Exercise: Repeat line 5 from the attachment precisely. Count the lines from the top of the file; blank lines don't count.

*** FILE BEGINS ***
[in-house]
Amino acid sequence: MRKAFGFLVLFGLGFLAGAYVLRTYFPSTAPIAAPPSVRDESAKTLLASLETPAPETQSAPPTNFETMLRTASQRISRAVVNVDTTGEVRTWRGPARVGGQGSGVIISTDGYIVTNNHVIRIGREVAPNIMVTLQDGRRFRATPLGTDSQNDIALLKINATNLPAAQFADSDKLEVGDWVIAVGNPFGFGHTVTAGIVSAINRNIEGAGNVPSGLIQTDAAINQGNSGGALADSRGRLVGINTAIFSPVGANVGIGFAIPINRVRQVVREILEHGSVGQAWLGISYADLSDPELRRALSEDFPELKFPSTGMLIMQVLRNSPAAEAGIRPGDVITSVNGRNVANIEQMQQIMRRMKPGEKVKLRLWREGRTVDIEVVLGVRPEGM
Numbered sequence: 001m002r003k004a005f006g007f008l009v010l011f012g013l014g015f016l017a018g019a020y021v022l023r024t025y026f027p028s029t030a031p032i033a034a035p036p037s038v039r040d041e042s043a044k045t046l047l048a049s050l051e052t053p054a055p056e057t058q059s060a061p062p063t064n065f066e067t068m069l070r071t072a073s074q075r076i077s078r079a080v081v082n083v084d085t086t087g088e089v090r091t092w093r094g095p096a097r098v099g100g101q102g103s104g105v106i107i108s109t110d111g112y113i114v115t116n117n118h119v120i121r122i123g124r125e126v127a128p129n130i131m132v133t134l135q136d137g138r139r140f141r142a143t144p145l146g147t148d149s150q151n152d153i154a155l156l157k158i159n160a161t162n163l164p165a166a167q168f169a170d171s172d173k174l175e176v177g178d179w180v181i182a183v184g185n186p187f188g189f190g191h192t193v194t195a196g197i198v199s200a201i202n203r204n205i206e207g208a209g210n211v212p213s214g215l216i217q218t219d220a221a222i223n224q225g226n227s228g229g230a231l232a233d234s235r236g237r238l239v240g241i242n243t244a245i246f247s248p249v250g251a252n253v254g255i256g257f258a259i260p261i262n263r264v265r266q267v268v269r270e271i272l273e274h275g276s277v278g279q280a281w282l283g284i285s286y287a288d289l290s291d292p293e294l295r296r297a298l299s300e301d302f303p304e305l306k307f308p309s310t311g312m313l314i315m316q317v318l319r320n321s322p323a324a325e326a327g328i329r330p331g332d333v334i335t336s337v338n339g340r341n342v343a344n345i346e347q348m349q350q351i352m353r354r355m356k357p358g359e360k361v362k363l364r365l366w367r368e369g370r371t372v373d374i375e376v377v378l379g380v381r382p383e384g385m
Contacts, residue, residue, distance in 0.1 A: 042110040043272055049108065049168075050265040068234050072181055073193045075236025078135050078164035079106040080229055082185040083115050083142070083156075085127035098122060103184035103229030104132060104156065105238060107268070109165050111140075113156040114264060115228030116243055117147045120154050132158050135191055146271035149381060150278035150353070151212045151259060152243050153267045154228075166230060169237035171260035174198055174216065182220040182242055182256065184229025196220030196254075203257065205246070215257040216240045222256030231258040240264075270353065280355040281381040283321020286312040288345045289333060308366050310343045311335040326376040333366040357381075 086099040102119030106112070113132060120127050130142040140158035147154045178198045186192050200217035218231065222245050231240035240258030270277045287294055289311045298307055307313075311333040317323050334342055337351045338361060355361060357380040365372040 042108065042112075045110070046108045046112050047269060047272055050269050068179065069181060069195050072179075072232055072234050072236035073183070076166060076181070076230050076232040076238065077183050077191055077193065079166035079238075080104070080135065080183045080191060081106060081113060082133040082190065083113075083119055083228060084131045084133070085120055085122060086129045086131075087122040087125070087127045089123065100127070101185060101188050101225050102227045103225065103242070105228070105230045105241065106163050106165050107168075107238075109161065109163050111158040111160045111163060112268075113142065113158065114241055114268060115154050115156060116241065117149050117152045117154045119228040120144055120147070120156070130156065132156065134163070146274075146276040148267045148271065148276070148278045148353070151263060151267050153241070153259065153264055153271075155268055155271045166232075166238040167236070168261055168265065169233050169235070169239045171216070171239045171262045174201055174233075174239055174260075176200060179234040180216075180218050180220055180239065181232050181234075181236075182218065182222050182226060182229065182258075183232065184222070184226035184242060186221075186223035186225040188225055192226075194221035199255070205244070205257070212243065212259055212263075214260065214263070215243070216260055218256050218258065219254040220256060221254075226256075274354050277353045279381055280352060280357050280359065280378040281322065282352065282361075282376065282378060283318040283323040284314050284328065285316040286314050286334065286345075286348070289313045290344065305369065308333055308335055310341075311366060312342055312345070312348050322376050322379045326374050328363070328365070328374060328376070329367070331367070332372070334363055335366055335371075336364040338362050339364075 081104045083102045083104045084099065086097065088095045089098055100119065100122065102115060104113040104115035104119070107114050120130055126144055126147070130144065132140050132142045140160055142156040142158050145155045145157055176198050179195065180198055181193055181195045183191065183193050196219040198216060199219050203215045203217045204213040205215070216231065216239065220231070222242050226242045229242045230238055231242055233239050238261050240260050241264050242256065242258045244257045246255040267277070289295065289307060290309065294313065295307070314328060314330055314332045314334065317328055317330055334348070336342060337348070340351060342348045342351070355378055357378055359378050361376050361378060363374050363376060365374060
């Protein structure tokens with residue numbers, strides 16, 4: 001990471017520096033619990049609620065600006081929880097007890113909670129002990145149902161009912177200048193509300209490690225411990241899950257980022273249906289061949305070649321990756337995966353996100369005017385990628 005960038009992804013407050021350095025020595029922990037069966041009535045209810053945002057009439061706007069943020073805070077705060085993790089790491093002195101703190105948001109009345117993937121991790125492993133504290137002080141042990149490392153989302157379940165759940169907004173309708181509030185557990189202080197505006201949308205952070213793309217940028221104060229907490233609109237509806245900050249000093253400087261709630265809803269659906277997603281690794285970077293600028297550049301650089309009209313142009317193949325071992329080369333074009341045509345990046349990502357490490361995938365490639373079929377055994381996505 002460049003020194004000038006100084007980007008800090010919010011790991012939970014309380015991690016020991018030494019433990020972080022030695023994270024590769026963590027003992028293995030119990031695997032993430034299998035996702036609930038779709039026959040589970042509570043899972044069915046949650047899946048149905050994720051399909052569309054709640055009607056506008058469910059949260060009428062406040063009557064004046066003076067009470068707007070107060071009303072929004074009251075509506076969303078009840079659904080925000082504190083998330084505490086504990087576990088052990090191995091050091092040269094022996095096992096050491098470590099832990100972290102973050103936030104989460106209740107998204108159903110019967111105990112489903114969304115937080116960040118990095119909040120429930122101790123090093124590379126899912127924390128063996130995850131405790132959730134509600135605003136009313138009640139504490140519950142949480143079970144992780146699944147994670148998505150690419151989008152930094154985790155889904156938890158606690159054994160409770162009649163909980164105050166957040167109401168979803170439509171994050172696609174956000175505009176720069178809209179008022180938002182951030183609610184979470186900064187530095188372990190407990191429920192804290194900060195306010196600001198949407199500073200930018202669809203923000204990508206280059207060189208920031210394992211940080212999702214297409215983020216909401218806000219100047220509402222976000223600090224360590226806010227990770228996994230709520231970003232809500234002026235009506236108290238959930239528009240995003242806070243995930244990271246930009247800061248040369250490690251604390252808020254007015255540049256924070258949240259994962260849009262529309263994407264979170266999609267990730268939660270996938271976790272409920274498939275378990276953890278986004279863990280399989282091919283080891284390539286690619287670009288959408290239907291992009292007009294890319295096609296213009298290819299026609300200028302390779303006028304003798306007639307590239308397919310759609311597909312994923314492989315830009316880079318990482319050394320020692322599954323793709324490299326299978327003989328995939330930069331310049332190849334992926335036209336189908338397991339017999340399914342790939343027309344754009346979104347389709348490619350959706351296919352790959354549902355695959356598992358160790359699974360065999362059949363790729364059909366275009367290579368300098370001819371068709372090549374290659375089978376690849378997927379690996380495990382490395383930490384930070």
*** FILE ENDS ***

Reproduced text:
């Protein structure tokens with residue numbers, strides 16, 4: 001990471017520096033619990049609620065600006081929880097007890113909670129002990145149902161009912177200048193509300209490690225411990241899950257980022273249906289061949305070649321990756337995966353996100369005017385990628 005960038009992804013407050021350095025020595029922990037069966041009535045209810053945002057009439061706007069943020073805070077705060085993790089790491093002195101703190105948001109009345117993937121991790125492993133504290137002080141042990149490392153989302157379940165759940169907004173309708181509030185557990189202080197505006201949308205952070213793309217940028221104060229907490233609109237509806245900050249000093253400087261709630265809803269659906277997603281690794285970077293600028297550049301650089309009209313142009317193949325071992329080369333074009341045509345990046349990502357490490361995938365490639373079929377055994381996505 002460049003020194004000038006100084007980007008800090010919010011790991012939970014309380015991690016020991018030494019433990020972080022030695023994270024590769026963590027003992028293995030119990031695997032993430034299998035996702036609930038779709039026959040589970042509570043899972044069915046949650047899946048149905050994720051399909052569309054709640055009607056506008058469910059949260060009428062406040063009557064004046066003076067009470068707007070107060071009303072929004074009251075509506076969303078009840079659904080925000082504190083998330084505490086504990087576990088052990090191995091050091092040269094022996095096992096050491098470590099832990100972290102973050103936030104989460106209740107998204108159903110019967111105990112489903114969304115937080116960040118990095119909040120429930122101790123090093124590379126899912127924390128063996130995850131405790132959730134509600135605003136009313138009640139504490140519950142949480143079970144992780146699944147994670148998505150690419151989008152930094154985790155889904156938890158606690159054994160409770162009649163909980164105050166957040167109401168979803170439509171994050172696609174956000175505009176720069178809209179008022180938002182951030183609610184979470186900064187530095188372990190407990191429920192804290194900060195306010196600001198949407199500073200930018202669809203923000204990508206280059207060189208920031210394992211940080212999702214297409215983020216909401218806000219100047220509402222976000223600090224360590226806010227990770228996994230709520231970003232809500234002026235009506236108290238959930239528009240995003242806070243995930244990271246930009247800061248040369250490690251604390252808020254007015255540049256924070258949240259994962260849009262529309263994407264979170266999609267990730268939660270996938271976790272409920274498939275378990276953890278986004279863990280399989282091919283080891284390539286690619287670009288959408290239907291992009292007009294890319295096609296213009298290819299026609300200028302390779303006028304003798306007639307590239308397919310759609311597909312994923314492989315830009316880079318990482319050394320020692322599954323793709324490299326299978327003989328995939330930069331310049332190849334992926335036209336189908338397991339017999340399914342790939343027309344754009346979104347389709348490619350959706351296919352790959354549902355695959356598992358160790359699974360065999362059949363790729364059909366275009367290579368300098370001819371068709372090549374290659375089978376690849378997927379690996380495990382490395383930490384930070």